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Bill Dowling
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Posted: 26 January 2009 at 8:22am | IP Logged | 14  

 Carmn wrote:
Funny thing is, we use the term "lead" for graphite pencils.  If we used metallic lead in our pencils, none of us would be in any shape to be posting on this forum now, would we?


"Black lead was an old name for "graphite," hence lead pencil (1688) "

http://www.etymonline.com/index.php?term=lead
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John Byrne
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Posted: 26 January 2009 at 8:28am | IP Logged | 15  

A favorite phrase I picked up from Art College, describing a pencil:

"Heaven and hell in a cedar tunnel."
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Joel Biske
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Posted: 26 January 2009 at 10:15am | IP Logged | 16  

I use a number of pencils, depending on what I'm doing. When I'm going to be inking or painting over it... particularly painting, I use an HB or 2H... slightly harder...

If I'm working on something that will stay in pencil I'll got to a 2B, and very rarely a 4B.

I use a .3 Pilot mechanical for deadweight lines and Tombows for filling and thick and thins. Picked up on both of them at Disney. The Tombows are expensive but they've got the best feel and consistancy I've ever used. The lead is very creamy and get a bit hard to erase in the softer leads tho.

I use a lead holder for sketching and on site or life drawing just becasue its easier to deal with.
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Warren Leonhardt
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Posted: 26 January 2009 at 10:05pm | IP Logged | 17  

JB + HB = HD 
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Dave Aikins
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Posted: 27 January 2009 at 1:22am | IP Logged | 18  

Does anybody like F? It's my favorite lead!





edited to remove the worn out phrase "What, no love for_?".


Edited by Dave Aikins on 27 January 2009 at 4:56pm
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John Byrne
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Posted: 27 January 2009 at 6:38am | IP Logged | 19  

Can we add "What, no love for ______?" to our list of worn-out phrases?
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Thorsten Brochhaus
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Posted: 27 January 2009 at 4:44pm | IP Logged | 20  

What, no love for F? It's my favorite lead!

---

I like F
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Derek Cavin
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Posted: 28 January 2009 at 8:09am | IP Logged | 21  

A pencil set I bought a few years ago had an 9H and 8H. I eventually threw them away. If the paper was too soft they dug in.

I like to use 2H to F and use 4H or 5H for perspective lines.

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Peter Martin
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Posted: 28 January 2009 at 8:34am | IP Logged | 22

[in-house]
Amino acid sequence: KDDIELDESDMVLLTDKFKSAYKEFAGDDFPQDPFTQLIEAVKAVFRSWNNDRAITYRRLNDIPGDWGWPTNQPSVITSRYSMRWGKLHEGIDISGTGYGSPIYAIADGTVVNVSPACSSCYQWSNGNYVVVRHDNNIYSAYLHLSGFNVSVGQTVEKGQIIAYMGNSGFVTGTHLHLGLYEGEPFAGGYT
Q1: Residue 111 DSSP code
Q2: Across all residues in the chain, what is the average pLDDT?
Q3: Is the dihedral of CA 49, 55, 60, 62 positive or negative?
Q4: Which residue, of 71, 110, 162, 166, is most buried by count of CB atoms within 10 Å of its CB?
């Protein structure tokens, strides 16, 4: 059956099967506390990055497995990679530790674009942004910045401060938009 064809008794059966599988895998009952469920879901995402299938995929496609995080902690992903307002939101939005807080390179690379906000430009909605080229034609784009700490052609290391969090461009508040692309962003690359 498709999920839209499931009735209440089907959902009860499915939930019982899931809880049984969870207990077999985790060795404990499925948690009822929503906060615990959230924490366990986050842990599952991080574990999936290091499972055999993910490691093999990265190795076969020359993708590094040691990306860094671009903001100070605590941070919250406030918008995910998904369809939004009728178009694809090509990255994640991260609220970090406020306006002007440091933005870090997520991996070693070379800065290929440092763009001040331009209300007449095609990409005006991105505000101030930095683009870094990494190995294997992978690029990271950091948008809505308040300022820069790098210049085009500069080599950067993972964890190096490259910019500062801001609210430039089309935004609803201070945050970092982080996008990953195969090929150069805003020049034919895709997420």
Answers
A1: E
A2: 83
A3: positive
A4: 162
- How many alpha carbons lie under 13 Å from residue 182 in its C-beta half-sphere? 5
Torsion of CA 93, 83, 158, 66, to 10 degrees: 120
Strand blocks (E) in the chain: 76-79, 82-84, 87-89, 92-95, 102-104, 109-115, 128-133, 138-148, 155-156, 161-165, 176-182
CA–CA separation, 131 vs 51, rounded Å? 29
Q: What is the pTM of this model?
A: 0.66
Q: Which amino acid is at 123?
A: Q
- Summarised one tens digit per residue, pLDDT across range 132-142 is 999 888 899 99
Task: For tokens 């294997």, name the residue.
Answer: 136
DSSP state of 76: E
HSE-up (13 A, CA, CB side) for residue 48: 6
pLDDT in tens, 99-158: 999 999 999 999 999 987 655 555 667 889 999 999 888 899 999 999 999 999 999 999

It's funny how we obssess over the equipment used by the talented people we admire, as if the key to their talent somehow must lie in the tools they use.

So golf enthusiasts are keen to find out what kind of driver Tiger Woods uses, because obviously it's the make of club that allows him to hit the ball so far.

Of course the reality is that Tiger Woods could use a cheap driver and still hit the ball a damn sight further than you or me.

Similarly, a lot of artists are happy to draw with whatever -- Leonardo Da Vinci could do some nice work with a lump of charcoal, I hear.

I suppose it's encouraging to believe that using the same type of pencil/golf club/ tennis racket/ running shoe will allow you to emulate a pro than face up to the reality that (a) they have put a lot of hard work into developing their talent and (b) they may have oodles more natural talent.

Edited to add: I'm not trying to denigrate anyone with this post; I just find it a curious phenomenon, of which I am as guilty as anyone.



Edited by Peter Martin on 28 January 2009 at 8:36am
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John Byrne
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Posted: 28 January 2009 at 8:50am | IP Logged | 23  

Sports equipment companies have made fortunes on just that principle.
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Peter Martin
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Posted: 28 January 2009 at 2:17pm | IP Logged | 24  

You can say that again.

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Anthony Frail
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Posted: 28 January 2009 at 2:21pm | IP Logged | 25  

Well, my curiosity came from the fact that I had bought a few pencils and
was really unhappy with the line they produced. I decided to see what a pro
uses... turns out, it's actually a little soft for my tastes!

I ended up going with a 2H and might be leaning toward a 4H.